fireproof wall for behind my wood stove

Hi All, Recently I had the perimeter of my house dug out and replaced with gravel and drainage pipe, Afterwards I tore down the basement walls to cinderblock to check for mold / rotted wood, mouse damage you name it! I am now ready to rebuild my walls. My question is. I have a Quadra fire wood stove in a downstairs corner, and I am considering a nonflammable wall product for around the stove area instead of drywall and heat shields Can I use brick or stone directly on the cinderblock? What is the best way to attach it to the existing cinderblock wall? Do I need to put anything on the cement slab floor under the brick / stone? Are there products you recommend?
Thanks in advance for any advice you can share...., John
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On Mon, 15 Nov 2010 18:39:09 +0000, john.mary_at_verizon_dot snipped-for-privacy@foo.com (john, carmel, ny) wrote:

Fireresistant sheetrock. Walls up to eight ft from the edge of the stove. Ceiling should be further if possible.
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Andy comments:
You might consider durock, the cement version of sheet rock, which is used normally for floors that will have tile put on them.... Perhaps it can be fastened to the cinder block with liquid nails, and a half dozen cement anchors at strategic places..... If this works, it will be simple to tile it over......and nothing there to burn....
Andy in Eureka, Texas
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There is no reason to put anything over the blocks if you want to install tiles or brick. I would want to be sure that you use a thinset type of tile cement rather than mastic just un case. The big thing is to keep the fire inside the stove.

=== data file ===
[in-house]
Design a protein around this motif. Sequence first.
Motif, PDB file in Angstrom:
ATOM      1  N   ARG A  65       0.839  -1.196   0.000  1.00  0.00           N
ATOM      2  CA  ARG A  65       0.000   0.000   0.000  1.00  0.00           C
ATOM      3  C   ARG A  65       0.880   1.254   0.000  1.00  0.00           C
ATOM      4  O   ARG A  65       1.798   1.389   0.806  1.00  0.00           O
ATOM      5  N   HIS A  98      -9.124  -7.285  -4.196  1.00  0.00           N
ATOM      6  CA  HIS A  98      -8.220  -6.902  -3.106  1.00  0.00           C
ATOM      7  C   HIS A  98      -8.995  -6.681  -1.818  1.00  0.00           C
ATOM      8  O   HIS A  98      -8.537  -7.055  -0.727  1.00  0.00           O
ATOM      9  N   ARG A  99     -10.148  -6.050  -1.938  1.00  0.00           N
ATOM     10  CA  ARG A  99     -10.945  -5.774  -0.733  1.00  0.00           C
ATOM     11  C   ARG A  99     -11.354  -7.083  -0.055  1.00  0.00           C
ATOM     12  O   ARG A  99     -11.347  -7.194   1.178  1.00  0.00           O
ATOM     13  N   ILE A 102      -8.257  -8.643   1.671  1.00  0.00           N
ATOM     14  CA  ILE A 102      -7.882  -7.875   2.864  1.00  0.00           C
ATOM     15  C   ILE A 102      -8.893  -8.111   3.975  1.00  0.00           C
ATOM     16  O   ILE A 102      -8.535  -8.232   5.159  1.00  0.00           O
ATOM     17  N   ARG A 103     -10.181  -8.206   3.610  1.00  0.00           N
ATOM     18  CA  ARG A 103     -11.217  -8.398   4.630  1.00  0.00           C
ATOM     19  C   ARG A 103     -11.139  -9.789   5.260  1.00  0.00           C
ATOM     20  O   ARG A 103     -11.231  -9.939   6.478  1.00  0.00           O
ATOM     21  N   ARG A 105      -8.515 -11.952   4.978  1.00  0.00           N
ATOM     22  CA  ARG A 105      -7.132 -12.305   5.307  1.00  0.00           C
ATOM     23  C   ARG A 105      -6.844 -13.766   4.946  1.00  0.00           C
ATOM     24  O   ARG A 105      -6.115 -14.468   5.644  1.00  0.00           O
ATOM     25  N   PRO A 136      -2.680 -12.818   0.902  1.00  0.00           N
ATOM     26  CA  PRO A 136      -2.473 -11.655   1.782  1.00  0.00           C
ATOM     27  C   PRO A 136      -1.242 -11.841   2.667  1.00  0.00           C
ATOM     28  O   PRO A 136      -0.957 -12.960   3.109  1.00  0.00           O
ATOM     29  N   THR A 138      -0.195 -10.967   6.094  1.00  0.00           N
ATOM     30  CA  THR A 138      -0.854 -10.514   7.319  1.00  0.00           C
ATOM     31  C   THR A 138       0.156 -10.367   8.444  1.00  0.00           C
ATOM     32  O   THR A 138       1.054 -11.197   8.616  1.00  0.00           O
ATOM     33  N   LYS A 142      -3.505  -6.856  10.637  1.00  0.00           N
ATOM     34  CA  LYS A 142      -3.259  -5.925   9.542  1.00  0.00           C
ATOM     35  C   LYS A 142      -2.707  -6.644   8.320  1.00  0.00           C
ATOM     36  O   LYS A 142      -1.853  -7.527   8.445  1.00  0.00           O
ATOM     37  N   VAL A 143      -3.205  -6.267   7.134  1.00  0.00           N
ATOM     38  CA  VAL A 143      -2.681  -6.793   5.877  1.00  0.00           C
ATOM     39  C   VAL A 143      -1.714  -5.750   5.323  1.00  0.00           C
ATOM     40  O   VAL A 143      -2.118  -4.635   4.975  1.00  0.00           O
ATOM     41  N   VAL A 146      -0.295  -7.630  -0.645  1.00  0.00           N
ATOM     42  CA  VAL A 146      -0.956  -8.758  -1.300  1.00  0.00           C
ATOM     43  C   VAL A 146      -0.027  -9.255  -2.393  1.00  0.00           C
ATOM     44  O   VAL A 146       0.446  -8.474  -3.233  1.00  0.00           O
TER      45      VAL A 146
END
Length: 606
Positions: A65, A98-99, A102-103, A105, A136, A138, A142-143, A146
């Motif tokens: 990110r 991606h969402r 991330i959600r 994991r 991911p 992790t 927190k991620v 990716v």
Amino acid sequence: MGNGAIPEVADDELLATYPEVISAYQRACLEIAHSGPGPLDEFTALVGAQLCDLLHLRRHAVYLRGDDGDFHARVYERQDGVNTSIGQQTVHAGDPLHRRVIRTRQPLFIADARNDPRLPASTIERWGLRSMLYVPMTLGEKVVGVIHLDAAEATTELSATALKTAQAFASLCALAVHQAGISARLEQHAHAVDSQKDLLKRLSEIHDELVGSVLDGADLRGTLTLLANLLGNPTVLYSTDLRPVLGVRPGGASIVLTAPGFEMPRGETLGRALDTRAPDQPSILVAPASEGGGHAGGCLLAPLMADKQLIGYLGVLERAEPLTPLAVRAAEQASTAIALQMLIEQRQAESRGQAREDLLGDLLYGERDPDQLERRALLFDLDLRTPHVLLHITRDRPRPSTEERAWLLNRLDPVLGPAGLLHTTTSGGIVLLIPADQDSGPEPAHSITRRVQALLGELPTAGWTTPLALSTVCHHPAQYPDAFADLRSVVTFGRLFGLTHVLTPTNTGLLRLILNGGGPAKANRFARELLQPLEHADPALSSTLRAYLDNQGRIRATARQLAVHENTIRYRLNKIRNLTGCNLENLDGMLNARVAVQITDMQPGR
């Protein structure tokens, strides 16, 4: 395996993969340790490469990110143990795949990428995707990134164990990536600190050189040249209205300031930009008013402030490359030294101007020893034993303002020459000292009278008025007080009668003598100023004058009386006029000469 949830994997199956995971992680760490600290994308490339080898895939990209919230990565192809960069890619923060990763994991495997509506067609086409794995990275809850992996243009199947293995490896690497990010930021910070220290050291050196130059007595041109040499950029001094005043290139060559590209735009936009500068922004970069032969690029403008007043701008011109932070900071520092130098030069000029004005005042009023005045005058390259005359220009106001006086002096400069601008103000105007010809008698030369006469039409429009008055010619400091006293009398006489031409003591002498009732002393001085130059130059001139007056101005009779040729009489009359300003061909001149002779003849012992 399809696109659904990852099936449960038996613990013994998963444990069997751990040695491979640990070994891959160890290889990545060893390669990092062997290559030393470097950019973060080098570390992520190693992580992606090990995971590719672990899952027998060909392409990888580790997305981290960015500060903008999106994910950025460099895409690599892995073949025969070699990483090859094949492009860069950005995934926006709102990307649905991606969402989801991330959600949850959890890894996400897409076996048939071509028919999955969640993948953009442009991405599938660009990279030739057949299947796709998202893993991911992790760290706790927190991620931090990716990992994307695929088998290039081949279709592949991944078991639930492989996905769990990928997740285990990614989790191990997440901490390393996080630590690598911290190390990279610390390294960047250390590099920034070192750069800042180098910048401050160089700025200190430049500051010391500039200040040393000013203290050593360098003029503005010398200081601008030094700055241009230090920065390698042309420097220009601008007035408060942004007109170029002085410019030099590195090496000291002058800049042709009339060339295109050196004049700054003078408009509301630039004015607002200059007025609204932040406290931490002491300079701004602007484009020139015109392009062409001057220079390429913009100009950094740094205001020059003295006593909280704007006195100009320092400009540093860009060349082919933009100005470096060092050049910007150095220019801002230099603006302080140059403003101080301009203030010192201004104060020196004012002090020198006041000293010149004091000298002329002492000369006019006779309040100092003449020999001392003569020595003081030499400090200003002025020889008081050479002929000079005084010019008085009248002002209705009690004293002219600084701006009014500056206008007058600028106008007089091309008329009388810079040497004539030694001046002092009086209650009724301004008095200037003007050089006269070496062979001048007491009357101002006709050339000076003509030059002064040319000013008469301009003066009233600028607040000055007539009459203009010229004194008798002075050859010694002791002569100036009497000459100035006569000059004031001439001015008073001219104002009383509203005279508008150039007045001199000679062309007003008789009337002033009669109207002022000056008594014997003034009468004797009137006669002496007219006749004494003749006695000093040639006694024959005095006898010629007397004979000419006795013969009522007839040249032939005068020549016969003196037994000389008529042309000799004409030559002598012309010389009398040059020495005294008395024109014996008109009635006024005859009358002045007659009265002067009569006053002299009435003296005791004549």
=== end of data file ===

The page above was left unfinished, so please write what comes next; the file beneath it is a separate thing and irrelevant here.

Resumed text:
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On 11/25/2010 10:52 AM, snipped-for-privacy@juno.com wrote:

these stove are not near as dangerous as people would have us to believe. I've got a freestanding stove and there is a styrofoam chicken incubator about 18 inches from it. It's still in it's original form. I put a sheet of galvanized sheet metal on the wall next to it, because it thought it would perhaps keep some heat off the wall, well the sheet steel is still cool to the touch. 18" away also.
--
Steve Barker
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On Fri, 26 Nov 2010 18:35:15 -0600, Steve Barker

That is the attitude that gets houses burned down. Complacency, failure to undertand the hazards of the heating system, and (potentially) misuse of the unit.
The sheet metal doesn't get hot because it reflects radiant heat back into the room, not because there is no heat there.
I suspect that wood stoves result in more house fires than any other single cause in areas where they are used.
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http://tech.groups.yahoo.com/group/woodheat/ Is the greatest resource for information you need. The moderators are wood burners with many years experience and write a blog with tons of info that you can consult as well. My guess is there is probably a local code that will have to be adhered to, and most certainly clear your project with the insurance company to make sure you don't step on their toes.
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John, you can use metal wall ties. They are fastened to the block wall, then lay in the mortar joints of your brick tying the two walls together. You might want to ask your insurance company what they require when installing a wood burner. Most companies usually have a set of requirements regarding clearances, backing, etc. that you need to follow to be OK with your homeowners policy.
Tim
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